Researchers at Penn State found a way to make paper bags stronger using lye to strengthen the cellulose in the paper. They retain that strength even if they get wet. They’re strong enough to be used multiple times, and when they’re no longer useful, they can be turned into biofuel.
Microbes That Eat Plastic
Petroleum-based plastics don’t break down easily in a landfill and burning or melting them down creates fumes that many people disagree with. The life span of some plastics is extensive with PET lasting up to 450 years, LDPE, PP, and HDPE up to 600 years, PVC up to 150 years, and PS up to 80 years.
Researchers are finding that there are microbes that can break down plastics faster in the right conditions. Just like microbes are useful in wastewater treatment, they could be a convenient solution to plastic recycling.
Styrofoam Munching Worms
Styrofoam is one of the worst items to recycle. Some companies will take it and turn it into bricks for insulation, but it takes time and fire retardants are necessary to meet many building codes.
Scientists in Australia came across another way to recycle it. The Zophobos morio worms are believed to have an enzyme in their gut that breaks down polystyrene into a food source for them. Over three weeks, the team fed these worms different foods or the Styrofoam, and the worms that ate Styrofoam gained the most weight.
Faster Battery Recycling
As the nation shifts towards the importance of electric vehicles (EVs), it takes time to recycle those batteries, which is important to keep the raw materials from depleting. It’s estimated that over 200 new mines would be needed in the next 12 years to keep up with the demand for cobalt, lithium, and nickel. Recycling those materials is important, but it takes time. Plus, it often costs as much or even more to recycle them, which made it an unappealing venture.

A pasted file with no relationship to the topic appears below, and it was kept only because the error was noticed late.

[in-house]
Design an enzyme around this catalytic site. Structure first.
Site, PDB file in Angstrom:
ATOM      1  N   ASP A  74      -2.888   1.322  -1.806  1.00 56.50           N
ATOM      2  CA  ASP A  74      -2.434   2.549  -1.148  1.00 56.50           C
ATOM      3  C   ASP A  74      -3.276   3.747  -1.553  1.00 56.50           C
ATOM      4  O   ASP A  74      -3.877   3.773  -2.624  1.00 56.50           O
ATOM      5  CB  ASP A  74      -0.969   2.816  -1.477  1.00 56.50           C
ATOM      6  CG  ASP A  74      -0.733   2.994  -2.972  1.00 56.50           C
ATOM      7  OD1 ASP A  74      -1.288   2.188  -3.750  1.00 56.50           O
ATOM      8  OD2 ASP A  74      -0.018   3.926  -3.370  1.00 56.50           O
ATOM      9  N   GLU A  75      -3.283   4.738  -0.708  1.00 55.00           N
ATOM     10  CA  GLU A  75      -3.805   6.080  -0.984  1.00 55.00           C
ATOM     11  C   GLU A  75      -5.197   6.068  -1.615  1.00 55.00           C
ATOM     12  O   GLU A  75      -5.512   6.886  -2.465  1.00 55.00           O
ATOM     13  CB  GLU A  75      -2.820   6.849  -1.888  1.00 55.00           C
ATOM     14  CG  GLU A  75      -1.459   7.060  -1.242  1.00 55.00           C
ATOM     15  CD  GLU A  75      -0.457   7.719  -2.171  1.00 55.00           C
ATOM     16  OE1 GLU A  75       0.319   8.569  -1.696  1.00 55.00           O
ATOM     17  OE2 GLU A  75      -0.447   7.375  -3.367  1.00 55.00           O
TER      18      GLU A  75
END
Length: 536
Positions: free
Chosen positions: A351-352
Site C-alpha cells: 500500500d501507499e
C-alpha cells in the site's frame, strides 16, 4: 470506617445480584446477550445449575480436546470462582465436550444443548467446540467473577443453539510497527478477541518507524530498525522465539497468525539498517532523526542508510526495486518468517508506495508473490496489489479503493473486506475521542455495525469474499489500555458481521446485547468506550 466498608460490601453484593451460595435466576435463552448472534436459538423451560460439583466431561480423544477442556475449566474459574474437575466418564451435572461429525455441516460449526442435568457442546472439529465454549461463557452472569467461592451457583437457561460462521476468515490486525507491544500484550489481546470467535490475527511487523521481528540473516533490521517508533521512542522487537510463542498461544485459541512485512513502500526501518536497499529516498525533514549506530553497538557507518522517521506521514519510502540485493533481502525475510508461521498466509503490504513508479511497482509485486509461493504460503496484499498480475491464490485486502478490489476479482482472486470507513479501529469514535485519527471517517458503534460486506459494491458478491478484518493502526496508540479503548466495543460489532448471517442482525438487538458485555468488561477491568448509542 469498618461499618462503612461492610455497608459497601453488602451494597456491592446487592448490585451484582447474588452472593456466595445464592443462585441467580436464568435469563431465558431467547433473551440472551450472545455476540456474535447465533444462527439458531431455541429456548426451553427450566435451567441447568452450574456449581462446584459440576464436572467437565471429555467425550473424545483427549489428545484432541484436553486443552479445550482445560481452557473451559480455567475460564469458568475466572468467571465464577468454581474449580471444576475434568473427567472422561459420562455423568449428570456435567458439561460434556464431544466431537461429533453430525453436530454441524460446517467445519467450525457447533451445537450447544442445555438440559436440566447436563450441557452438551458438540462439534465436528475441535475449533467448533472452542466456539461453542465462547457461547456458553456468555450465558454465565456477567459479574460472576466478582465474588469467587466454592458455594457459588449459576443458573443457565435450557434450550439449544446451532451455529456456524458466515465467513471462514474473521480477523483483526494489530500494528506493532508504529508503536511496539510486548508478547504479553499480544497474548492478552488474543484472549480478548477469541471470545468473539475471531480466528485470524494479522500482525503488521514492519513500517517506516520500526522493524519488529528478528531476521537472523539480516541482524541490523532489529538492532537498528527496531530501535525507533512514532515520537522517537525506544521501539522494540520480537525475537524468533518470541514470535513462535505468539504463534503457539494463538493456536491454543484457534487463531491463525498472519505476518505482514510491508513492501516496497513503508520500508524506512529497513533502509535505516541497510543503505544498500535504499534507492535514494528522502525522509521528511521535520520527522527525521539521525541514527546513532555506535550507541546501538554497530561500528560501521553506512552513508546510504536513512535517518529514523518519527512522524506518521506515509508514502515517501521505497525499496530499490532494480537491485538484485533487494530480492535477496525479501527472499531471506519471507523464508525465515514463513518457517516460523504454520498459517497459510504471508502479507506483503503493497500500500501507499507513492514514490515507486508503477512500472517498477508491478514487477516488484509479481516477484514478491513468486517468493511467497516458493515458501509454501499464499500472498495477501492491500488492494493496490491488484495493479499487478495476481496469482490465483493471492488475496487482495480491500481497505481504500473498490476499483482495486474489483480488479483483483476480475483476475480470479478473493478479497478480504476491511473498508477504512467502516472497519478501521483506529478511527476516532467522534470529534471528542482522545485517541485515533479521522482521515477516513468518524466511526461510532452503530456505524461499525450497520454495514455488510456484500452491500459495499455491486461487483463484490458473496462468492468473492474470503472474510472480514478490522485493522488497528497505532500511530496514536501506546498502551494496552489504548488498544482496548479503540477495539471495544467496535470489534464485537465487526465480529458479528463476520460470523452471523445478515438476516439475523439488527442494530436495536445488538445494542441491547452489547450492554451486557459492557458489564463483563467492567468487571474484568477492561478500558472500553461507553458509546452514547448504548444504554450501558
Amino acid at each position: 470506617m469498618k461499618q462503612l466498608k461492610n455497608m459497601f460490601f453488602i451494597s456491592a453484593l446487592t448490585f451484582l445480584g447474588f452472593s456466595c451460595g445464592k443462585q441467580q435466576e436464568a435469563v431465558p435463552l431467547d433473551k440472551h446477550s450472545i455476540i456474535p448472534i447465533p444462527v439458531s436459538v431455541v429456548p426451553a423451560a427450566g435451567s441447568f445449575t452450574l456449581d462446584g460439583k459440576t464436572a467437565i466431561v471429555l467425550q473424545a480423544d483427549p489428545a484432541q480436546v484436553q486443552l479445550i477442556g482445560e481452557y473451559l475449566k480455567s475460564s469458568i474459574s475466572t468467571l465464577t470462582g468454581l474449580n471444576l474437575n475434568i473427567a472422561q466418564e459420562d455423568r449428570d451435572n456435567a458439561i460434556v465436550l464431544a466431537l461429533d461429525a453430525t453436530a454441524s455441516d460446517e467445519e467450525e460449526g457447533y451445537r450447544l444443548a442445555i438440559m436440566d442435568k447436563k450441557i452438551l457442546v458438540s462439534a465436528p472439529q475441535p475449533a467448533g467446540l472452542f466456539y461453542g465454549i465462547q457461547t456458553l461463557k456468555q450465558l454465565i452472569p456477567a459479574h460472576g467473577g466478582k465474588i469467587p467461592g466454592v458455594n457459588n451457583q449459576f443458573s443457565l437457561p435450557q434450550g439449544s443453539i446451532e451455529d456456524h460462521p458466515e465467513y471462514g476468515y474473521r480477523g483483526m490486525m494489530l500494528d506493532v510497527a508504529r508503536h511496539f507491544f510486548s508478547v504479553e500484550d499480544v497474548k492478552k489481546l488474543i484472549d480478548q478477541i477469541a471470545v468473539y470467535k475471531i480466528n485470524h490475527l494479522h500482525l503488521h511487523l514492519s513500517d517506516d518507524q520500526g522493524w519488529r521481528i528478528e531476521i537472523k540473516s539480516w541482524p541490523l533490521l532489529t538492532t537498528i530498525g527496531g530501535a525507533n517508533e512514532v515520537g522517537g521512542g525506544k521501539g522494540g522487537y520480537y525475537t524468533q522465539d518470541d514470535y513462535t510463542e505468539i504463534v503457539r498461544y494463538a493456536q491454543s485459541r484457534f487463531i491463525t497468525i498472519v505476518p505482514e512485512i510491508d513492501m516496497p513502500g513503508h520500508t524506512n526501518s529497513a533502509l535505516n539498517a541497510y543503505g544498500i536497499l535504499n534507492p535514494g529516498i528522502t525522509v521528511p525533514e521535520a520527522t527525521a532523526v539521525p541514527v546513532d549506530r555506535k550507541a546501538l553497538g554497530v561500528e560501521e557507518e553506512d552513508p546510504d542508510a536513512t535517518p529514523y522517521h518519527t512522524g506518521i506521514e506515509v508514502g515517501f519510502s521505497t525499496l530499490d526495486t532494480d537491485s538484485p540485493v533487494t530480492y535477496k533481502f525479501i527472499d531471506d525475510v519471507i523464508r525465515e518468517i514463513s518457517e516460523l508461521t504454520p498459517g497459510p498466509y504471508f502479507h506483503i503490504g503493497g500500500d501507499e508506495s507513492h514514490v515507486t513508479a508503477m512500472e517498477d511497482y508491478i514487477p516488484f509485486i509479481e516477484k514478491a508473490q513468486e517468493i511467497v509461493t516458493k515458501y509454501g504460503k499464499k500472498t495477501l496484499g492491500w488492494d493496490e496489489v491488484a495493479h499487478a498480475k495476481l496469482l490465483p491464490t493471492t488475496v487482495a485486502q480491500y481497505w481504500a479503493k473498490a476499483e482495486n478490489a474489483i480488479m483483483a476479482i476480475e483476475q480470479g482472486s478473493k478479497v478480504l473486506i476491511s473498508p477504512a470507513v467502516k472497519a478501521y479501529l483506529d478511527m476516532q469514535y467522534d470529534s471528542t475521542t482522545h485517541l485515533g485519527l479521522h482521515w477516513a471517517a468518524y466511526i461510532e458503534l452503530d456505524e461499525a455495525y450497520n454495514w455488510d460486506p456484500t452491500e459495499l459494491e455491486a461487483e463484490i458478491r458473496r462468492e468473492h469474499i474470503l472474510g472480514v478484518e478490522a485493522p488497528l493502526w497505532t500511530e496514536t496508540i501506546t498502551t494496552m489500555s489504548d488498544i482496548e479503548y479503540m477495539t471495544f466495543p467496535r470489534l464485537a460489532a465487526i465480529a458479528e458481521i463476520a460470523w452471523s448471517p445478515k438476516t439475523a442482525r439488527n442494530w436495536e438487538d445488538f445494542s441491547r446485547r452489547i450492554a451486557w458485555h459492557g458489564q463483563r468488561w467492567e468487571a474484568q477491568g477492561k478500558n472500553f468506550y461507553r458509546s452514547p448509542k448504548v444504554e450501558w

Because of this, new recycling processes are being created to help make recycling cost-effective and provide as much recycled material as possible. Some of these recycling facilities work with plants that will turn the materials into usable components like copper foil and cathode active material.
A team at Tokyo Metropolitan University uncovered a way to study lithium metal batteries without damaging them and creating a fire risk. In their studies, they believe manufacturers could use lithium metal batteries in EVs with retention rates of up to 87% after 30 cycles without risk of damage. That should also help find ways to reuse some recycled batteries.
Do As Much As You Can
What can you do right now to help out? You can keep doing your part by making sure you don’t throw things out without first seeing if they’re recyclable or compostable.
The vegetable trimmings from dinner, save them in a compost bucket, and see if a local farm or waste district takes food scraps for composting. If you have the space, start your own compost pile and use the compost you create in your gardens.
Instead of throwing away used clothing, bring it to an H&M store for recycling. You get a coupon to use at the store, and the clothing is resold or properly recycled. Area quilters also look for used clothing in any shape to use for quilting squares. Ask and see if anyone could use worn clothing.
Recycle Nation has an easy-to-use guide to recycling. Enter your ZIP code and the item you want to recycle. You’ll learn where you can go and have the contact information you need if you have additional questions or need driving directions.